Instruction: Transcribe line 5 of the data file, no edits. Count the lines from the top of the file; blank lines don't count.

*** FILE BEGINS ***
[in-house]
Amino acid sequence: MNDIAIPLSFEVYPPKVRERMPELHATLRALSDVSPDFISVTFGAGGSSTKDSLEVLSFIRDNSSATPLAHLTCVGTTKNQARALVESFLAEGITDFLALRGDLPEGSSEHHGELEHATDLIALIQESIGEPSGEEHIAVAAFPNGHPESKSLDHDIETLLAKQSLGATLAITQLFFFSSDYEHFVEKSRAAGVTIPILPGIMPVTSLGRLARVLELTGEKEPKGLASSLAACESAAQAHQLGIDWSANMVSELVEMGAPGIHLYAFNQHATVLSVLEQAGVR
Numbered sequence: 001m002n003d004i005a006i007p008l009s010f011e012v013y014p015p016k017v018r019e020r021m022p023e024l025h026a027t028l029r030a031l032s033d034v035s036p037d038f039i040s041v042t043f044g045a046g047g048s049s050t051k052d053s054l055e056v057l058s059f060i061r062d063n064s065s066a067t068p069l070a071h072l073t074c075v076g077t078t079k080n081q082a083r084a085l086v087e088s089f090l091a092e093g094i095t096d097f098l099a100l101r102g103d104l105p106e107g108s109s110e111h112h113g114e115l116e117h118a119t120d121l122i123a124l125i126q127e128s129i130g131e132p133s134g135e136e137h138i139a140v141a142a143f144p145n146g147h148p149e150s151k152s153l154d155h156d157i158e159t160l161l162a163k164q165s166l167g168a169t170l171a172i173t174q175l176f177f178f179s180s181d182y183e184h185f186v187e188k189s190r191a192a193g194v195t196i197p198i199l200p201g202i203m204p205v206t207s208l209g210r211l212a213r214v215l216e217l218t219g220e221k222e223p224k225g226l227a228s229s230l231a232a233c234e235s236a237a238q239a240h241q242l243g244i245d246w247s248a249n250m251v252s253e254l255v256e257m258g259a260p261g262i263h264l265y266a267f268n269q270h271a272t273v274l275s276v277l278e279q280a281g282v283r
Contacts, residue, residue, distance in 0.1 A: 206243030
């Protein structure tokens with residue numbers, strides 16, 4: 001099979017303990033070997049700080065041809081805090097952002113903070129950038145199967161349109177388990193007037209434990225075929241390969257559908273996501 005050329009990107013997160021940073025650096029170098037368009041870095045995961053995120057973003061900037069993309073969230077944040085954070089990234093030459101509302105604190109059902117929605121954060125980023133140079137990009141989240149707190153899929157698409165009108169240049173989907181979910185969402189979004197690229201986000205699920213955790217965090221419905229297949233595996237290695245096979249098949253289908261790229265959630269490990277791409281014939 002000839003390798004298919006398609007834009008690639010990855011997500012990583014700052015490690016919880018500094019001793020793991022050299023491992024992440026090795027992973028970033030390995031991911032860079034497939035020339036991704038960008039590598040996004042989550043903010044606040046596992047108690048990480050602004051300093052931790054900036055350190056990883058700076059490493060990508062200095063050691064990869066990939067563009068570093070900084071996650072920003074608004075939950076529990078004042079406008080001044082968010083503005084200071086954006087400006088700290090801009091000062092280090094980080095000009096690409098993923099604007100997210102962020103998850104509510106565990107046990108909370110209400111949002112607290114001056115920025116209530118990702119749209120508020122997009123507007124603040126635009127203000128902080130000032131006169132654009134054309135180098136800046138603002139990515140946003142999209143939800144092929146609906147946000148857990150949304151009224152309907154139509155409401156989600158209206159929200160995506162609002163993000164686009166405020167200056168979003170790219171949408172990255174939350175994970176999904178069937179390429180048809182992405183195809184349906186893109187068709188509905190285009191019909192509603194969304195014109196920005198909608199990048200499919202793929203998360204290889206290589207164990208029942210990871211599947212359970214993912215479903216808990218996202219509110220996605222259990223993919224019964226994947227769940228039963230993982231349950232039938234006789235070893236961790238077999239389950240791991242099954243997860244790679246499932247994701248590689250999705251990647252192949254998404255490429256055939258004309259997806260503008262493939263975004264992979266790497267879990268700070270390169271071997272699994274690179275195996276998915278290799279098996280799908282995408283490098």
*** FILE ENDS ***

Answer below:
């Protein structure tokens with residue numbers, strides 16, 4: 001099979017303990033070997049700080065041809081805090097952002113903070129950038145199967161349109177388990193007037209434990225075929241390969257559908273996501 005050329009990107013997160021940073025650096029170098037368009041870095045995961053995120057973003061900037069993309073969230077944040085954070089990234093030459101509302105604190109059902117929605121954060125980023133140079137990009141989240149707190153899929157698409165009108169240049173989907181979910185969402189979004197690229201986000205699920213955790217965090221419905229297949233595996237290695245096979249098949253289908261790229265959630269490990277791409281014939 002000839003390798004298919006398609007834009008690639010990855011997500012990583014700052015490690016919880018500094019001793020793991022050299023491992024992440026090795027992973028970033030390995031991911032860079034497939035020339036991704038960008039590598040996004042989550043903010044606040046596992047108690048990480050602004051300093052931790054900036055350190056990883058700076059490493060990508062200095063050691064990869066990939067563009068570093070900084071996650072920003074608004075939950076529990078004042079406008080001044082968010083503005084200071086954006087400006088700290090801009091000062092280090094980080095000009096690409098993923099604007100997210102962020103998850104509510106565990107046990108909370110209400111949002112607290114001056115920025116209530118990702119749209120508020122997009123507007124603040126635009127203000128902080130000032131006169132654009134054309135180098136800046138603002139990515140946003142999209143939800144092929146609906147946000148857990150949304151009224152309907154139509155409401156989600158209206159929200160995506162609002163993000164686009166405020167200056168979003170790219171949408172990255174939350175994970176999904178069937179390429180048809182992405183195809184349906186893109187068709188509905190285009191019909192509603194969304195014109196920005198909608199990048200499919202793929203998360204290889206290589207164990208029942210990871211599947212359970214993912215479903216808990218996202219509110220996605222259990223993919224019964226994947227769940228039963230993982231349950232039938234006789235070893236961790238077999239389950240791991242099954243997860244790679246499932247994701248590689250999705251990647252192949254998404255490429256055939258004309259997806260503008262493939263975004264992979266790497267879990268700070270390169271071997272699994274690179275195996276998915278290799279098996280799908282995408283490098």